This year’s American Horticultural Therapy Association conference celebrates AHTA’s 40-year anniversary. Numerous international presenters as well as past AHTA luminaries will present their research, practices, and the future of horticultural therapy on September 20-21, with pre-conference tours on 9/2o, in Minneapolis, MN.


Presentation proposals are being accepted until March 31 in the following areas:

• Collaborations with allied professionals;

• Current research in horticultural therapy including other allied and adjunct professions;

• Implementation and sustainability of horticultural therapy programs, particularly those in non-traditional settings;

• Successful practices and programming strategies (including goals, objective and methods);

• Therapeutic garden (nature) design elements;

• Creating opportunities for horticulture therapy interns; and

• Creating opportunities to promote the horticulture therapy profession.

For details about registration and programming and to learn more about the Request for Proposal process, visit the AHTA Conference page.


“Forging New Frontiers, Cultivating New Landscapes” – AHTA Conference in Olympia, WA

Garden-Bridge_4995. Photo by Henry Domke, http://www.henrydomke.com

Photo by Henry Domke, henrydomke.com

2012 Conference of the American Horticultural Therapy Association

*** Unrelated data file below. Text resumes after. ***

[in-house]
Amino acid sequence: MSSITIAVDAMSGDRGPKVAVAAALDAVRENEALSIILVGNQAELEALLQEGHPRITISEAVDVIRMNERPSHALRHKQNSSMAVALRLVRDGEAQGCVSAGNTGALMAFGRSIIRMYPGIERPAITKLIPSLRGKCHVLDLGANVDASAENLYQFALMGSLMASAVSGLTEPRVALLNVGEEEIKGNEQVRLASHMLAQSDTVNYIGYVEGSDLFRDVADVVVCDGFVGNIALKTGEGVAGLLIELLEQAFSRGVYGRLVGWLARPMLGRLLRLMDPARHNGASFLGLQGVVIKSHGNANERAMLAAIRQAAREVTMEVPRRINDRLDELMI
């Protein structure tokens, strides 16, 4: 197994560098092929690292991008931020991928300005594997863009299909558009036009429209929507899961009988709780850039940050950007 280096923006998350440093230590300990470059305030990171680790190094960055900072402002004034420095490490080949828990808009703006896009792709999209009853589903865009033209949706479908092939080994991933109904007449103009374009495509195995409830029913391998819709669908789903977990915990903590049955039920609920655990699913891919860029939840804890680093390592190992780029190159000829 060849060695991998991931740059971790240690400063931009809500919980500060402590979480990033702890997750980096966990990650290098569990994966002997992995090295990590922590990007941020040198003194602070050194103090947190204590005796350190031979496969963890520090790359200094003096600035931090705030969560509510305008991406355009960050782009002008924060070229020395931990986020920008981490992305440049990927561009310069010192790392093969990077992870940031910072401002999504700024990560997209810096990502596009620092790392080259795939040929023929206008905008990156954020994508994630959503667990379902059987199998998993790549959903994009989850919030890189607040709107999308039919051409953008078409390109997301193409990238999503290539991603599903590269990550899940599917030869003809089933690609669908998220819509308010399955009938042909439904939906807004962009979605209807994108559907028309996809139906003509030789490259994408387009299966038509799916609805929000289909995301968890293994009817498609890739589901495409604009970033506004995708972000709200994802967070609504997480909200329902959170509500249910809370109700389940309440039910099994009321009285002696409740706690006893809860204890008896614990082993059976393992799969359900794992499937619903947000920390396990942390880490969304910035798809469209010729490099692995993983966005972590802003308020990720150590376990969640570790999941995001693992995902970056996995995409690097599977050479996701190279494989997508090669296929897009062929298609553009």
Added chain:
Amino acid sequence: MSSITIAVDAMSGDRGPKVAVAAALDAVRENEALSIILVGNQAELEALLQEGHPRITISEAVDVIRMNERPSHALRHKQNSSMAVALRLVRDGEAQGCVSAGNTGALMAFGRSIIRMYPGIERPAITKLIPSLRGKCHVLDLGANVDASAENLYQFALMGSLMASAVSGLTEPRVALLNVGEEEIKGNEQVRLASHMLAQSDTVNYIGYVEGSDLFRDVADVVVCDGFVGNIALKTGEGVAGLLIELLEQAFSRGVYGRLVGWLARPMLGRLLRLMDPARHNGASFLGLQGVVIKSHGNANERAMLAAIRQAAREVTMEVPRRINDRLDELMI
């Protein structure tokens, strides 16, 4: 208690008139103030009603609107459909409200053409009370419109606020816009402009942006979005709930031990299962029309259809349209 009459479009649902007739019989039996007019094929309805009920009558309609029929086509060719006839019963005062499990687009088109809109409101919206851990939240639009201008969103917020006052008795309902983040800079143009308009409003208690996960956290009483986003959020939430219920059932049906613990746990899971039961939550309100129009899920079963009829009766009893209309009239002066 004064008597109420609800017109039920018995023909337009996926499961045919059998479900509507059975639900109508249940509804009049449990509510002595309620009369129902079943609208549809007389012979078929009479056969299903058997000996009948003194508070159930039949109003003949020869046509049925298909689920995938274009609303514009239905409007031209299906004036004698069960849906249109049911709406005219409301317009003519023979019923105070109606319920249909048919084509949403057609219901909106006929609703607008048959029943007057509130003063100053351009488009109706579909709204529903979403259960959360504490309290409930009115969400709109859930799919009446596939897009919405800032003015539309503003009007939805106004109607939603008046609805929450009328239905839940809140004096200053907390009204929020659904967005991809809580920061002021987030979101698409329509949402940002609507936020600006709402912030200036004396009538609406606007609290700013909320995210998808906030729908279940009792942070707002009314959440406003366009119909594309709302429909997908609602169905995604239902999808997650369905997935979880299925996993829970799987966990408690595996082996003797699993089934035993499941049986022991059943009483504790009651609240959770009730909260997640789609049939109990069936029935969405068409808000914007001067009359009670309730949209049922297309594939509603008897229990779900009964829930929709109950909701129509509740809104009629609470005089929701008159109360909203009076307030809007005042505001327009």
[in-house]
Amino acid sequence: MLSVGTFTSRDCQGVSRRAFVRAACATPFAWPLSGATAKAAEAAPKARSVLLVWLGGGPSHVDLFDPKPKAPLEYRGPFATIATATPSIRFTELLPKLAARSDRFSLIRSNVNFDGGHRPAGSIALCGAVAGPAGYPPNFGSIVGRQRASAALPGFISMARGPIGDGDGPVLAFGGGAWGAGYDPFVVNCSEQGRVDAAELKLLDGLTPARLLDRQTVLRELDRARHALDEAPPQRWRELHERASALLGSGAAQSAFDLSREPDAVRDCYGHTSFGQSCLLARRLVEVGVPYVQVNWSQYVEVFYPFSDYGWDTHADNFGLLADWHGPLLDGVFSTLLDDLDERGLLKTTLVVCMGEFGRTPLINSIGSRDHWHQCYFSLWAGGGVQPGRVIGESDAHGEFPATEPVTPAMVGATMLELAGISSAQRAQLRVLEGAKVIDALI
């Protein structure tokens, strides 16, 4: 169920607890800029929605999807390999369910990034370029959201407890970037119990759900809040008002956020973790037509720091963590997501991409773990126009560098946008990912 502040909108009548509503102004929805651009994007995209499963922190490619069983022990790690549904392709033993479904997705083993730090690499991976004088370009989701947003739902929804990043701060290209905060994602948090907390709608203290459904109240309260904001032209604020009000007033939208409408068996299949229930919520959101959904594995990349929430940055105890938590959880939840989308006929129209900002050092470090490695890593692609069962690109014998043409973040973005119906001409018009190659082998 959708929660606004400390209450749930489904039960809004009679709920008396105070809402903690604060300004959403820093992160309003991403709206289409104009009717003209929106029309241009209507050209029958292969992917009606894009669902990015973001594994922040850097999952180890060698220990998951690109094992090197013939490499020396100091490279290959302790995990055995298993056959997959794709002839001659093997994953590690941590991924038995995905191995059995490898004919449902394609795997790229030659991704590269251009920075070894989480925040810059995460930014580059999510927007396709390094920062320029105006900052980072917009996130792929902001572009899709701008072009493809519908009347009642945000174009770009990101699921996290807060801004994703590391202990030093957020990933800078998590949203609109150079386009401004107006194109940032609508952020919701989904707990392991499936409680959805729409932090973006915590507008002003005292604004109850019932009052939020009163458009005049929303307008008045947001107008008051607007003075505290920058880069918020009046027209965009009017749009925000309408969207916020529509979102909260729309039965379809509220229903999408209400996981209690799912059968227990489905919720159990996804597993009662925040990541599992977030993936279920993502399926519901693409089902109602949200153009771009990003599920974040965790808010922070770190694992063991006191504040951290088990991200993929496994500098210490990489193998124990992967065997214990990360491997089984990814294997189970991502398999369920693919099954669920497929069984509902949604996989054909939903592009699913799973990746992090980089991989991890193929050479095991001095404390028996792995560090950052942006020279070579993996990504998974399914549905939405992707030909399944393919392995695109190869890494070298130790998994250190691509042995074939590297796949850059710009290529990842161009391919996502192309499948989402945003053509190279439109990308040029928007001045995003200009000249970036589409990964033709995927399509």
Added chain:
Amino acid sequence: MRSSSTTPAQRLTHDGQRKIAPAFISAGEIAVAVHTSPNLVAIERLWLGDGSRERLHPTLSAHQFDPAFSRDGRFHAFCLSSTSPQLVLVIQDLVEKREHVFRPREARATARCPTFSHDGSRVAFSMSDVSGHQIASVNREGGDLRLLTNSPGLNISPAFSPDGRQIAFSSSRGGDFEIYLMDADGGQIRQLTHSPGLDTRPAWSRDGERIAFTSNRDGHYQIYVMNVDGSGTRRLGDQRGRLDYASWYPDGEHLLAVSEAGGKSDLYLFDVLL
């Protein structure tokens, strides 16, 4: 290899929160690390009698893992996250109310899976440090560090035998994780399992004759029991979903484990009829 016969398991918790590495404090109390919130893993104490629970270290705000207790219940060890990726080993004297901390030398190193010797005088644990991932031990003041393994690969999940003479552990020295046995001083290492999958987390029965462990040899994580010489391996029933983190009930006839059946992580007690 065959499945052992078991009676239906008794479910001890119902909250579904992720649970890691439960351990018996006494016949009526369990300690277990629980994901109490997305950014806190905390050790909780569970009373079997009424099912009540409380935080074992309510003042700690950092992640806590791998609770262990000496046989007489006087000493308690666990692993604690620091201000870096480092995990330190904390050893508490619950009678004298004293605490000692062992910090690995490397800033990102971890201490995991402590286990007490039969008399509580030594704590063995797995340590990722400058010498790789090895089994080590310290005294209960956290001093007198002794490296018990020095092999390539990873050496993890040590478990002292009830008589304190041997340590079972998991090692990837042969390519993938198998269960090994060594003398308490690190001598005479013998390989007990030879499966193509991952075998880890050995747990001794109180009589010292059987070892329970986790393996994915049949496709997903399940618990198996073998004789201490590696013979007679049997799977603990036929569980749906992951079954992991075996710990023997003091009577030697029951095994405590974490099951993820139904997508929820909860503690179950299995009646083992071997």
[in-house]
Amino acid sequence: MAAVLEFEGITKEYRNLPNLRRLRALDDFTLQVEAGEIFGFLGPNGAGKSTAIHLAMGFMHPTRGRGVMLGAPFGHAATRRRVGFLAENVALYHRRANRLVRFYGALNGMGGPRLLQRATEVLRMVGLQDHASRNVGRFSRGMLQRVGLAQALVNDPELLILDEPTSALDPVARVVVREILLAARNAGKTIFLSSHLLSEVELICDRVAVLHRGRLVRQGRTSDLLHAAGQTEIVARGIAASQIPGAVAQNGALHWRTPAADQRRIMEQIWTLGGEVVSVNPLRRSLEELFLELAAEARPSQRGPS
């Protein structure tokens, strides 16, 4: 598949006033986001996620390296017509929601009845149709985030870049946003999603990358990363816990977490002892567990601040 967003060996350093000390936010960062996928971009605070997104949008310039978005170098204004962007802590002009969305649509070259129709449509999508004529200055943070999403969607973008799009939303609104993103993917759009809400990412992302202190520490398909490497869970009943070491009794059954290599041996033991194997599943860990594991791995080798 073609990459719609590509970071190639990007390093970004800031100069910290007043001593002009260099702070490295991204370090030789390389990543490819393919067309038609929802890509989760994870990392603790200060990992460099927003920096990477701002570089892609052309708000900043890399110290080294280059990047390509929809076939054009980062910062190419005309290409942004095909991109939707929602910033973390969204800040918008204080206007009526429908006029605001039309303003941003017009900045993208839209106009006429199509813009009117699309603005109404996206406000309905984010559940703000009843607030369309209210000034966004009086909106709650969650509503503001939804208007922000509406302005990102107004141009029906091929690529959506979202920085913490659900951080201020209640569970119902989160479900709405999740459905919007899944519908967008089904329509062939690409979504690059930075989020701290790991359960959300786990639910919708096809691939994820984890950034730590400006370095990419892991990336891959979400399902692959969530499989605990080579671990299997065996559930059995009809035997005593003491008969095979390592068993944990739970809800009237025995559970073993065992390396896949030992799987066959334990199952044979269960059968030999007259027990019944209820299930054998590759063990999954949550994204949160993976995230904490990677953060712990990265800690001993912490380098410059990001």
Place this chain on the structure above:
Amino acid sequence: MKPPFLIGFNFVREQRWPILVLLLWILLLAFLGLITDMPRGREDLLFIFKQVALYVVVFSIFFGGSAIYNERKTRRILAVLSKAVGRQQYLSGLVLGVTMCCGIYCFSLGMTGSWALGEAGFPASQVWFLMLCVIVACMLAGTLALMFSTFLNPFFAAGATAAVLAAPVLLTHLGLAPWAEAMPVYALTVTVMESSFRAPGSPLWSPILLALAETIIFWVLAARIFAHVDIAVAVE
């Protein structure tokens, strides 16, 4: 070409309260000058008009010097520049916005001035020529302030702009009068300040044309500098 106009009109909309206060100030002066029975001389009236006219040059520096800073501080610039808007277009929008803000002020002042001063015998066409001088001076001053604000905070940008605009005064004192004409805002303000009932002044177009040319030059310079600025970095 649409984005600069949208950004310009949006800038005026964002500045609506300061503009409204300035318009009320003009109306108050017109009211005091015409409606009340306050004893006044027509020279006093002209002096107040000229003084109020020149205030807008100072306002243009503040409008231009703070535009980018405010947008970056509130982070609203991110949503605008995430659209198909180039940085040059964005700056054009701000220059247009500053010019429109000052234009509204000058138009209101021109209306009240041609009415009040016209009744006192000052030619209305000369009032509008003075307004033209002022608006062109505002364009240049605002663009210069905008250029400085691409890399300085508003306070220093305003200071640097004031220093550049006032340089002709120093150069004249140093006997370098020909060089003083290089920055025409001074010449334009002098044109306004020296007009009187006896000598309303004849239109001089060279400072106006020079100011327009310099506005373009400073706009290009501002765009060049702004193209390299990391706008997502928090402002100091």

October 6-7, 2012
Olympia, Washington

The American Horticultural Therapy Association (AHTA) will hold its annual conference, October 6-7, in Olympia, Washington. Dr. Susan Rodiek, of Texas A&M University’s Center for Health Systems and Design, will be the keynote speaker. Rodiek is a well-known researcher in the field of health care design with a focus on aging, dementia and the role of the outdoors in senior residential care.

The conference, “Forging New Frontiers, Cultivating New Landscapes,” offers a range of sessions including the “Reflective Garden Walking Program to Reduce Stress.” In this Saturday session, presenter Ruth McCafferty will discuss the walking program at the Morikami Japanese Gardens in Delray Beach, Florida. The Stroll for Well Being was developed to measure the effects of reflective garden walking on stress, depression, and emotional problems. In the workshop, “Cultivating Culture Change,” horticulture therapist Pam Catlin will invite attendees to vision the future of horticultural therapy for elders.

Perkins School for Blind

Perkins School for Blind

Formed in 1973, the American Horticultural Therapy Association has helped horticultural therapy gain acceptance as a unique and dynamic human service program.Horticultural Therapy is recognized as an effective treatment with wide-ranging benefits for people in therapeutic, vocational, and wellness programs.

For more information about for the October AHTA conference, registration and hotel accommodations, visit the conference site. The registration form is available here.

Planting Seeds for Culture Change – Hort. Therapy for Elders

May Apple. Photo by Henry Domke, www.henrydomke.com

Photo by Henry Domke, www.henrydomke.com

Two-Day Workshop Focuses on Horticultural Therapy for Elders

Planting Seeds for Culture Change is a workshop taking place in early May and late June in Grand Rapids, MI and Prescott, AZ, respectively (see below for dates).

The two-day training focuses on the use of horticultural therapy (HT) with elder populations from the “culture change” perspective.  In the hands-on workshop, attendees will gain skills to incorporate HT into care plans and learn strategies to enable elders’ full participation and gardening success. Instructor Pamela Catlin, has more than 30 years of experience providing  HT to elders. For more information regarding workshop content, registration deadlines and enrollment, visit www.htinstitute.org or call 303.388.0500.